On Jan. 4, the day after Mike Huckabee defeated Mr. Romney in Iowa, this newspaper asked the Romney campaign to say how much Mr. Romney had personally contributed since Sept. 30. During the first nine months of last year, Mr. Romney had given his campaign $17.4 million, about 90 percent more than the $9.2 million in the campaign’s cash-on-hand on Sept. 30 […]
Yet the Romneys refuse to release their fourth quarter numbers until the filing deadline of Jan. 31. This date falls after the primary contests in Iowa, New Hampshire, Michigan, Nevada, South Carolina, and Florida.
Also from the article, Romney’s fund raising “declined from US$20.8 million in the first quarter to US$13.9 million in the second, to less than US$10 million in the third.”
Romney increased his own contributions to compensate.
Conclusion: The Romney campaign is a Potemkin village.
“Mitt Romney will become the Republican nominee and will lose to Hillary Clinton in the Electoral College by a 323 to 215 margin, with New Mexico, Colorado, Iowa, Ohio, Arkansas, Missouri, and Virginia switching from Red to Blue,” predicts William Reston in a race42008.com post titled Race 4 2008 New Year’s Writer’s Predictions …
Defying all conventional wisdom regarding her “ceiling”, Hillary wins the popular vote by over 2%.
Romney’s nomination results in the GOP losing six-senate seats instead of three (Virginia, Colorado, Minnesota, Oregon, New Mexico, and New Hampshire) and a push in the House where at least modest gains were expected.
Reacting to the nomination of a Republican candidate who starts even with the Democratic nominee in Red States like Kentucky, Tennessee, and Texas-many Republicans simply sit this one out; not due to any ideological contention, but due to a sense of hopelessness regarding Romney’s electoral prospects. By August of 2008, Romney is essentially a self-funded candidate, with his staff and volunteers at the state level exceed 5o% LDS in many areas, as they refuse to jump ship with the rest.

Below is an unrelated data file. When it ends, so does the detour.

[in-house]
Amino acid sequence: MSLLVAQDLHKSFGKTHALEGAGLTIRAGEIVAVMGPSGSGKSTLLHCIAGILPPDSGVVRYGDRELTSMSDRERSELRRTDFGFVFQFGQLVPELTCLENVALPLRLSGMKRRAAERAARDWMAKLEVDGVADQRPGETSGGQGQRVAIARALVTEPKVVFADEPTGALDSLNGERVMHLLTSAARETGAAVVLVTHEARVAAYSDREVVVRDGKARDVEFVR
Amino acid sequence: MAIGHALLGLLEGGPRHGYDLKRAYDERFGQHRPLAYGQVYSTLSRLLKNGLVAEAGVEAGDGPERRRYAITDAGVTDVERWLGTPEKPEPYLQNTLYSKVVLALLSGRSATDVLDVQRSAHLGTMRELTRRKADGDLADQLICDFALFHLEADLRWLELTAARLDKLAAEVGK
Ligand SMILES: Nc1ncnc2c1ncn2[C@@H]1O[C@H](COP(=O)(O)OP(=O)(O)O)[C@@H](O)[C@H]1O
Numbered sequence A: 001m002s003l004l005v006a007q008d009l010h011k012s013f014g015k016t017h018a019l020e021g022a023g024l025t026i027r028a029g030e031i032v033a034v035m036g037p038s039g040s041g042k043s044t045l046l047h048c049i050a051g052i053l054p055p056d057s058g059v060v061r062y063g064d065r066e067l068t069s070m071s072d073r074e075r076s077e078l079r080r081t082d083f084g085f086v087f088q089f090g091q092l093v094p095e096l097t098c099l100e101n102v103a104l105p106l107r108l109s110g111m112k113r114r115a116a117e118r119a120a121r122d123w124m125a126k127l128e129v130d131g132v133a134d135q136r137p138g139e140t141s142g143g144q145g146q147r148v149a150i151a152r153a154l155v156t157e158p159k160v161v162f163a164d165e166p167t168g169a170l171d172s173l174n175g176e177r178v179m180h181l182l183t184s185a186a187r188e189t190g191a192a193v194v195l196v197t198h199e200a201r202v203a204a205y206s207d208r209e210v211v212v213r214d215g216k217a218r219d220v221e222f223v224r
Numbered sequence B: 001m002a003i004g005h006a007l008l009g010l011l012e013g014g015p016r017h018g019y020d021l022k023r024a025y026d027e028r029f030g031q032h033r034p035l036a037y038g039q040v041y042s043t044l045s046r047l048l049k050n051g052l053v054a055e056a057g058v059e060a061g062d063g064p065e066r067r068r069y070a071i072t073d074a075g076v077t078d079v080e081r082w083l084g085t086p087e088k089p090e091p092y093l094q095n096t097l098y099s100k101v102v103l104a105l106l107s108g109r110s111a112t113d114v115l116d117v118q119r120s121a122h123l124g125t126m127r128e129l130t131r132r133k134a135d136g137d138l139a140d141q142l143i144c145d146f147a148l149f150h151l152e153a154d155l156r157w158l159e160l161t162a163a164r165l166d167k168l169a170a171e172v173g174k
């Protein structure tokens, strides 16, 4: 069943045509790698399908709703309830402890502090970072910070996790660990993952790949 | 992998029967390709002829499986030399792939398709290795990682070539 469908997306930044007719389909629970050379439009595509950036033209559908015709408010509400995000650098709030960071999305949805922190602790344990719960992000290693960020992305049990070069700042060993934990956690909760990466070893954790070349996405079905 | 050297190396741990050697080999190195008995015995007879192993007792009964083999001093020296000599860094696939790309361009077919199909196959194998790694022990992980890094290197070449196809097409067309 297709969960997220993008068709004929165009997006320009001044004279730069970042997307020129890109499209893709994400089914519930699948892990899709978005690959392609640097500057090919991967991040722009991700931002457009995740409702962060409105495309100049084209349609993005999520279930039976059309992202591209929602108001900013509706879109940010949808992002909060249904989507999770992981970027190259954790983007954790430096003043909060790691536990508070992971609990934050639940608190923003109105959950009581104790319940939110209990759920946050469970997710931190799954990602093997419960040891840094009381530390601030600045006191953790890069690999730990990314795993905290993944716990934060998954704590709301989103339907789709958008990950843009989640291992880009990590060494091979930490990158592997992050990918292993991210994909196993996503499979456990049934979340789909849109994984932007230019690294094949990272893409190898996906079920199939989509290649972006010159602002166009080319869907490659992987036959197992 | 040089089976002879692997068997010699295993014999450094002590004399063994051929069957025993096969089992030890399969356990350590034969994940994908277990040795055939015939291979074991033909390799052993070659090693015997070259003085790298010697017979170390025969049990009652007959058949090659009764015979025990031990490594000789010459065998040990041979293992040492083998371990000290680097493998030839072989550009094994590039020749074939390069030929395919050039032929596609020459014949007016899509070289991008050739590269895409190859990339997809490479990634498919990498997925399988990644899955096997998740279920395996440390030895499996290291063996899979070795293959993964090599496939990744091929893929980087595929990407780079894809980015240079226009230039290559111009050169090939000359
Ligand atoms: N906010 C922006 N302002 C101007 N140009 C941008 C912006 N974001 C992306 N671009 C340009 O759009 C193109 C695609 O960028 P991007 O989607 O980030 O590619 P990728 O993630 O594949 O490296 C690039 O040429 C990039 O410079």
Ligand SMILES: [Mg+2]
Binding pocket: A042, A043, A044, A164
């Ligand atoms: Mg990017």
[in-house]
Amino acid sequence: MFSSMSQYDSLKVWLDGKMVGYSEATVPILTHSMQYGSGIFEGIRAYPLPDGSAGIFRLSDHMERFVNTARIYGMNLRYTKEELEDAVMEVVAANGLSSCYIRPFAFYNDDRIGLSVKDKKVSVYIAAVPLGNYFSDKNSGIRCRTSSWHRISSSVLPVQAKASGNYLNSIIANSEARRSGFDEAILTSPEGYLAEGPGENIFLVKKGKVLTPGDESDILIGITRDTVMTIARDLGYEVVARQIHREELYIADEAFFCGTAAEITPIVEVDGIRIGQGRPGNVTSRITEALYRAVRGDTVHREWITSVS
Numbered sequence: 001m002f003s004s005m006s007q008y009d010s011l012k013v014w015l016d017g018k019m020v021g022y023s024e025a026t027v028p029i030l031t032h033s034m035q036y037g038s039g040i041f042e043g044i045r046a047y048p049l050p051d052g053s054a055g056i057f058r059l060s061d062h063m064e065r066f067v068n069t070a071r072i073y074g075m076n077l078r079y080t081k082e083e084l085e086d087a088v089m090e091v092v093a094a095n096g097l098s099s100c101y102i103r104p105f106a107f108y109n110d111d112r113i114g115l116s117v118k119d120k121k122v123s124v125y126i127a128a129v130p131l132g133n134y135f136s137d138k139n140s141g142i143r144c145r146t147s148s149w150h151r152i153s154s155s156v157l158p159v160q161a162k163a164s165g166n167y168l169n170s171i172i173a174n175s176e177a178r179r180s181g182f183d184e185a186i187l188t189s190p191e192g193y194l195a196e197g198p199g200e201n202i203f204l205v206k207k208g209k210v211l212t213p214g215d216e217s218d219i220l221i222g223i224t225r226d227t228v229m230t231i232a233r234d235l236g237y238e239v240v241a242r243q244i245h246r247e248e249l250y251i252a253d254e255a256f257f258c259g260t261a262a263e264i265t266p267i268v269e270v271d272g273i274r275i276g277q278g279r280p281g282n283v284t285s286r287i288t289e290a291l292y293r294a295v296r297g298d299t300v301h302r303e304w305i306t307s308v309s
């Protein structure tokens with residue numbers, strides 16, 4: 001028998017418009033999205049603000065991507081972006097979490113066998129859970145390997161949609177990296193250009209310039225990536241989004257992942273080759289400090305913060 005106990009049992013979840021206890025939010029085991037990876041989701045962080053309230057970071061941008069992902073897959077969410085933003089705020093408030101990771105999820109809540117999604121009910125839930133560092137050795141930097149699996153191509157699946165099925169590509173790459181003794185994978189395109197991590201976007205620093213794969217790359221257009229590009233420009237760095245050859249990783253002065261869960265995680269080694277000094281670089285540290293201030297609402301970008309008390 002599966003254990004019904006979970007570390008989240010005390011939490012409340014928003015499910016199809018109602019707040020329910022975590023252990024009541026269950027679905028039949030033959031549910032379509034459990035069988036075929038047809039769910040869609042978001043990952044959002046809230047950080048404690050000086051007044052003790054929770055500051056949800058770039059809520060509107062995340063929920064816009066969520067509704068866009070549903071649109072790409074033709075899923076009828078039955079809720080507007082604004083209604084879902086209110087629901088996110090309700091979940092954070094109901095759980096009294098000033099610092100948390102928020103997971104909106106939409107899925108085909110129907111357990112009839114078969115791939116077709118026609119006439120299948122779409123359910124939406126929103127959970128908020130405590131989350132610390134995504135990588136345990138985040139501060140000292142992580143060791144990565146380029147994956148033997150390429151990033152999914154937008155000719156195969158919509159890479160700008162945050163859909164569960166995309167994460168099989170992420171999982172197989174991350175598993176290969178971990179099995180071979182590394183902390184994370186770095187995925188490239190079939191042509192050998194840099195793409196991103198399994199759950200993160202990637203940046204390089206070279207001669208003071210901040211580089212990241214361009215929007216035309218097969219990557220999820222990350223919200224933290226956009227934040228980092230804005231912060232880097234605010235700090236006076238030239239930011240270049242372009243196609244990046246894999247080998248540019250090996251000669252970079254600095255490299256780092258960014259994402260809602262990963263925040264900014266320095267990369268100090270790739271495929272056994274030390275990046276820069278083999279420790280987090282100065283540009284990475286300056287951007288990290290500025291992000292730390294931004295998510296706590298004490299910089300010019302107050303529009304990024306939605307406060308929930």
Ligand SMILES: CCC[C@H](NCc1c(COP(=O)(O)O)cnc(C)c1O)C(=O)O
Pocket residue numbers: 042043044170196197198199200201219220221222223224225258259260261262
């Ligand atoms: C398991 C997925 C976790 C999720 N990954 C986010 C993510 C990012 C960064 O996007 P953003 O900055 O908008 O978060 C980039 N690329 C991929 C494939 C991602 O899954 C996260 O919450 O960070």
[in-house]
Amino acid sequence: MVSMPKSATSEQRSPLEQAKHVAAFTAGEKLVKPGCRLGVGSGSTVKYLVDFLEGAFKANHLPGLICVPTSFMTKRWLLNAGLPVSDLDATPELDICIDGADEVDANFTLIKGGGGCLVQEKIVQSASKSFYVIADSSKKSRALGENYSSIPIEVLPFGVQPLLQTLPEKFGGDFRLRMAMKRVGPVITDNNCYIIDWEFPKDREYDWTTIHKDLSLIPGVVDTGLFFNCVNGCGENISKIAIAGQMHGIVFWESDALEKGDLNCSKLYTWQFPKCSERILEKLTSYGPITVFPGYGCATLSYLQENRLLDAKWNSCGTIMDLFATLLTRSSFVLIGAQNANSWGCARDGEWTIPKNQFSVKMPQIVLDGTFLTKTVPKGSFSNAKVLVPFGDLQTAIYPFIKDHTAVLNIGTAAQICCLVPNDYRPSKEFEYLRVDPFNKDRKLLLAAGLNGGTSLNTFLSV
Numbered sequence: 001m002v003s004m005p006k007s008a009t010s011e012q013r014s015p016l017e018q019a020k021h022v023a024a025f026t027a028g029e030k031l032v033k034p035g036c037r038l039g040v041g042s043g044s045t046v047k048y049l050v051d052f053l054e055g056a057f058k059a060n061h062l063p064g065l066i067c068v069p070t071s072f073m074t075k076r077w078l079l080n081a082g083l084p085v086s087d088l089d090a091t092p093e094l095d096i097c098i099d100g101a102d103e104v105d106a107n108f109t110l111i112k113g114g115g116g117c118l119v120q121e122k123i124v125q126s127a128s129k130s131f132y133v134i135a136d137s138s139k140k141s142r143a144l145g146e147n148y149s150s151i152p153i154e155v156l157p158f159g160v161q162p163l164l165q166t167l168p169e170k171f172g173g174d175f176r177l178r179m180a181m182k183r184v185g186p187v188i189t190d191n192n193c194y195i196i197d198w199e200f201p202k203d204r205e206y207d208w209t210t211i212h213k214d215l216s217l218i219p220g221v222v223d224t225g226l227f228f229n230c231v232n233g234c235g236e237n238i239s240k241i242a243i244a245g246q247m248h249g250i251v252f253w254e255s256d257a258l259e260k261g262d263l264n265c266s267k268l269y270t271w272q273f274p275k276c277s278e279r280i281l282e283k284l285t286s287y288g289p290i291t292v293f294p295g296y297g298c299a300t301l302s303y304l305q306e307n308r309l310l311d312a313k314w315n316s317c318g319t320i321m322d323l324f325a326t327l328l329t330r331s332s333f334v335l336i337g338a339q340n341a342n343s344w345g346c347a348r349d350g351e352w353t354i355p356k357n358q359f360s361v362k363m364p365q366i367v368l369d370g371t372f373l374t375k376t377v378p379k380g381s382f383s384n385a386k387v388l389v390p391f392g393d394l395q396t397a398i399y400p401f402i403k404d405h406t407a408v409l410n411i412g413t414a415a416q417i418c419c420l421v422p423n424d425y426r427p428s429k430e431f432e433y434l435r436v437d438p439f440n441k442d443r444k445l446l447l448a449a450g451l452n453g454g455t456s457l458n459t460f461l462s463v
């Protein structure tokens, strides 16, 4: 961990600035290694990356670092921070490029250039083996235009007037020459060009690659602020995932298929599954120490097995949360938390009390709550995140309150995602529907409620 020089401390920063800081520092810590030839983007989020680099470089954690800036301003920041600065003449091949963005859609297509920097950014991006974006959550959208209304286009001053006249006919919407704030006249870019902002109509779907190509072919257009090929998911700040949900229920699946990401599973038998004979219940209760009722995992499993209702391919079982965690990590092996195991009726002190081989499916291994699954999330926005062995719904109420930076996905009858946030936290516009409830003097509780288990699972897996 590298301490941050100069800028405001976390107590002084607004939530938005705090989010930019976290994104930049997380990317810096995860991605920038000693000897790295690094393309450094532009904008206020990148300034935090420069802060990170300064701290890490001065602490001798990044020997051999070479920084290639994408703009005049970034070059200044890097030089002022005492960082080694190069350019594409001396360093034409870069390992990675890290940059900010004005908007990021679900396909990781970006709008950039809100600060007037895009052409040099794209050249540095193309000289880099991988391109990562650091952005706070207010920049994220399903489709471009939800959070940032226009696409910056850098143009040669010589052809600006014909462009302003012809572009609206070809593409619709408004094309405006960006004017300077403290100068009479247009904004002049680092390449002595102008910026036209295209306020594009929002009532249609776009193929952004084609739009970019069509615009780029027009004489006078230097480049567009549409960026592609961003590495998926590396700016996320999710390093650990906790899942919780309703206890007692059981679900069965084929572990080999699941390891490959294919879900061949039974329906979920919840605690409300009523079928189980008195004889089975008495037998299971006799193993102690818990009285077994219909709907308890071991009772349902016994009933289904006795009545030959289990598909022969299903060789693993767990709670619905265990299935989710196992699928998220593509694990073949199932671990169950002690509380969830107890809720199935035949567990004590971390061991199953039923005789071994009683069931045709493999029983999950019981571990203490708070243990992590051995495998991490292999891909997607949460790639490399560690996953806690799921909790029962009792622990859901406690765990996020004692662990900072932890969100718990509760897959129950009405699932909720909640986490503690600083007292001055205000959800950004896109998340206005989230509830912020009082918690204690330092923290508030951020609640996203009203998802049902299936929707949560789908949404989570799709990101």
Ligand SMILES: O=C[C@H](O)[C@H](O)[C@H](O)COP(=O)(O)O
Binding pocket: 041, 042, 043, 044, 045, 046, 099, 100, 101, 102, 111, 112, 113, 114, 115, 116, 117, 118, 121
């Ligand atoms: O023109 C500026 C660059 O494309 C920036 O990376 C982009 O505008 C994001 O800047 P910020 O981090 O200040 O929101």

The blame for Hillary Clinton’s Presidency is also laid at the feet of the two biggest proponents of Mitt Romney in the conservative media-Hugh Hewitt and the National Review. Hugh Hewitt’s radio show will be off the air before the end Hillary’s first term (although Townhall will remain). The National Review, which already depends on donations to survive, will cease to publish a print edition within Hillary’s first four years as well.
President Hillary Rodham Clinton replaces retiring Supreme Court Justices Ruth Bader Ginsburg, John Paul Stevens and David Souter with liberal justices in their late 40’s within the first two years of her administration.
The emphases are ours, all ours.
Our concern: The story the media spools out from these events will be the discrediting of conservative governance, and not how a super-rich and fantastically ambitious non-entity destroyed the GOP by purchasing influence and corrupting its elites, intellectuals, and institutions. Our only consolation is that Romney will take all who cling to him down with him: this would be Team Romney’s one historical task that we hope they accomplish with vigor and precision.
… “By keeping Tompkins on his payroll for the final weeks of this state’s primary, especially after such a slam-dunk admission of guilt by someone directly involved, Romney is essentially saying that he’s fine with the unconscionable style of campaign filth peddled during the 2000 election,” writes Adam of the Palmetto Scoop.
Worse than that, his failure to disassociate with Tompkins’ firm — which has already been busted for anonymously smearing rival Fred Thompson — could be a warning that we can expect similar or possibly worse attacks in the final days of the primary election.